The phones have been ringing persistently in Montgomery County police headquarters the past three days with callers inquiring about the future of Chief Robert J. di Grazia - will he stay or will he gob.

There is no difinite answer. There are many rumors, but few facts to go on.

Many of diGrazia's critics are acting as though the chief already is out. In fact, newly elected County Executive Charles W. Gilchrist says he "certainly" hasn't decided yet whether to keep diGrazia and thinks that a "disproportionate" amount of attention has been placed on the question of diGrazia's future in the county.

DiGrazia has experienced strained relations with his officers since he came to Montgomery two years ago from Boston, where he was the police commissioner. He riled his officers again last week when he made public statements critical of police as seeing "the community as the ecemy" and needing more human relations training. That drew a rebuke from the department's 300-member chapter of the Fraternal Order of Police (FOP).

There have been some bright signs fo diGarzia's future.

A Circuit Cout grand jury, extended by a special order last September to investigate allegations by a police officer's wife that diGrazia mismanaged his department, has been dormant for over a month, according to both the court clerk and a spokesman for the Maryland special prosecutor who was overseeing the grand jury investigation.

The grand jury has yet to subpoena any person of documents relating to the police department case, said Howard Smith, clerk of the court. The grand jury tentatively is scheduled to meet again in January, according to Neal Janey, an assistant special prosecutor. But is is not known whether this will be its last meeting, Janey said.

DiGrazia voluntarily has provided the grand jury with numerous documents related to the allegations against him.

In addition, the County Council announced Nov. 17 that it was ending its examination of the allegation about the police department after a council staff member determined that the police had adequately answered the charges made by an organization called Code 3.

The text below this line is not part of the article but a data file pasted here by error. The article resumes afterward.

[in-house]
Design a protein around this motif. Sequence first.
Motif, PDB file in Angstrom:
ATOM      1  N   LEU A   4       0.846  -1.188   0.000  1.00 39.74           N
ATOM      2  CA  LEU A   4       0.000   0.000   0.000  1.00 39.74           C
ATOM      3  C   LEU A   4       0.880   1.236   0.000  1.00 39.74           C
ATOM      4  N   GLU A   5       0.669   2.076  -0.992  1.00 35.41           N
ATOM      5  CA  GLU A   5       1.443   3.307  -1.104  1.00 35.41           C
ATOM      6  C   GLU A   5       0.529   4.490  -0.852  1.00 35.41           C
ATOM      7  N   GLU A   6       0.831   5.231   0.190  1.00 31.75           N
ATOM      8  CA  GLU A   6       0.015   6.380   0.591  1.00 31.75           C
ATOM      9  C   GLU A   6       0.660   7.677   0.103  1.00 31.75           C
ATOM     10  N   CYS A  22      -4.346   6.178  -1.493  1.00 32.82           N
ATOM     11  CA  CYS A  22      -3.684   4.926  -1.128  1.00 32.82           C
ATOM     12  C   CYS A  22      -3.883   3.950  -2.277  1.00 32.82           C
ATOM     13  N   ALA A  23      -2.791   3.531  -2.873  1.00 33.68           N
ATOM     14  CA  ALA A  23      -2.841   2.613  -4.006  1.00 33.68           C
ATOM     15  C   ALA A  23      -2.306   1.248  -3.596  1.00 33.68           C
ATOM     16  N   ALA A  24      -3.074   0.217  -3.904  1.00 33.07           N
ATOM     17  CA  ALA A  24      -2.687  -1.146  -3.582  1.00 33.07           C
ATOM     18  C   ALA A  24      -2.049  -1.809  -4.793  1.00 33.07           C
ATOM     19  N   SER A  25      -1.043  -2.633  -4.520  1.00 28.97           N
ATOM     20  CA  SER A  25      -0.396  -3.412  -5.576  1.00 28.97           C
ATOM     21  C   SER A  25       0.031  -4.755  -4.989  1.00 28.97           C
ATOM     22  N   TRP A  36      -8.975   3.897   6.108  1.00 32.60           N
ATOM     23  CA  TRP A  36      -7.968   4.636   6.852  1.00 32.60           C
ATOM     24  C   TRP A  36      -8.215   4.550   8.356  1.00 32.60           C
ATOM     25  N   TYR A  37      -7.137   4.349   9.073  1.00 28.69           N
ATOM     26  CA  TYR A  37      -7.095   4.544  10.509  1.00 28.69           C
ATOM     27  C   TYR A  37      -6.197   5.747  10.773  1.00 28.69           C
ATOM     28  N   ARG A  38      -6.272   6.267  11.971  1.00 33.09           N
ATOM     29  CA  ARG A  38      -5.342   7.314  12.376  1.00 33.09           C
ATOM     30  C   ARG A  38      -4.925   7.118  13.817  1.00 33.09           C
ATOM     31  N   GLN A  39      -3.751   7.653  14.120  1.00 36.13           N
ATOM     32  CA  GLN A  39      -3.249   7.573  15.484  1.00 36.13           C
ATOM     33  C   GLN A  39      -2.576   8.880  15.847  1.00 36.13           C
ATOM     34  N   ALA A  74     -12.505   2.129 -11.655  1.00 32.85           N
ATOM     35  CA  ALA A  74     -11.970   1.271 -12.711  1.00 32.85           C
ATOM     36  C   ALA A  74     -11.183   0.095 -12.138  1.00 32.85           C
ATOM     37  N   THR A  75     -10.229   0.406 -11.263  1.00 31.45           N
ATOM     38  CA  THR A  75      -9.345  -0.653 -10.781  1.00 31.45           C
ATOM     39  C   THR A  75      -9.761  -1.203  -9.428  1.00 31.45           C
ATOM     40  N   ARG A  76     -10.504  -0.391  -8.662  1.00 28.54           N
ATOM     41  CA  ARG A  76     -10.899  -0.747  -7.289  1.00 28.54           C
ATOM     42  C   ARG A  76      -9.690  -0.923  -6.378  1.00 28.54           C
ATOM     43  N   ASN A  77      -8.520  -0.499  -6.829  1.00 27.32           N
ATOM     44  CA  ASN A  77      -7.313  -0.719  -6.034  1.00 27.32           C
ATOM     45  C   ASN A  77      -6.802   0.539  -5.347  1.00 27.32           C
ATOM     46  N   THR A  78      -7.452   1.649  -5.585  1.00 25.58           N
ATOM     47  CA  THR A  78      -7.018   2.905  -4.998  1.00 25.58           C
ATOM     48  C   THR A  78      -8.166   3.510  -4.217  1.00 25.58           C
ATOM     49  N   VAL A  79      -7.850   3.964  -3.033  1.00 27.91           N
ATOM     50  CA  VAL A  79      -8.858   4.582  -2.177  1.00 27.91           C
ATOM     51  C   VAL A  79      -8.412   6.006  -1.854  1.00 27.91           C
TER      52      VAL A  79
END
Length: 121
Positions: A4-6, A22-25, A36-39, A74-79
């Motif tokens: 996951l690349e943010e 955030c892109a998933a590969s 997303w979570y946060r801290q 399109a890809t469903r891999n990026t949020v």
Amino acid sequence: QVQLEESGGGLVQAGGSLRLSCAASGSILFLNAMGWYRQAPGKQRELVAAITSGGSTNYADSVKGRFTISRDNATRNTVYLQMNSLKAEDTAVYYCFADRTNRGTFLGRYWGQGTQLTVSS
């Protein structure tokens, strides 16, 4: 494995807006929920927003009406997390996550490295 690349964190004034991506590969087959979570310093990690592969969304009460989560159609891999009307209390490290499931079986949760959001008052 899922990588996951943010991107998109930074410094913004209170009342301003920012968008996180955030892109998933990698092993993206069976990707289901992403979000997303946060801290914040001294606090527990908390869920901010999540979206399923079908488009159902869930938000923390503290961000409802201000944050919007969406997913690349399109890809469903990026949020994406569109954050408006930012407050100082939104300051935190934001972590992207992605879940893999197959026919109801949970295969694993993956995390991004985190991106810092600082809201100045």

Still, an atmosphere of suspense and tension reigns at police headquarters as rumors enter the vacuum of unanswered questions about the chief's future.

The rumors began to snowball Monday when diGrazia met with Gilchrist for a briefing on what he has accomplished as director of police during the past years. Gilchrist is having similar briefings with all department heads before deciding which ones to keep on in his new administration.

The rumors then was that diGrazia was told he should have to leave. Both Gilchrist and a spokesman for the chief have denied that. Then, Tuesday night, an anonymous caller telephoned a local television station to "report" that diGrazia had decided to resign. The station determined that the report was false and didn't broadcast it, but yesterday the police department received "at least 20" inquiries - mostly from police officers - about the same rumor, according to police media spokesman Cpl. Philip B. Caswell.

One of diGrazia's sides described the atmosphere at police headquarters as being polarized between those who support diGrazia and are "panic stricken" at the thought that he might be leaving and those who are "walking on air" because of that possibility.

One officer, who characterized himself as a diGrazia supporter, said "If I had to guess, I would say that about 15 percent of the officers are anti-deGrazia, another 10 percent are pro-diGrazia and about 75 percent are undecided.

Meanwhile, diGrazia, who characteristically welcomes press inquiries and promptly returns press calls, is now taking calls only through his media spokesmen.

Yesterday, in response to a series of questions relayed to him, diGrazia said: "I am not concerned about the rumors. I could spend a lifetime responding to rumors. I have a responsibility to carry out as director of police of Montgomery County, and that is my primary concern."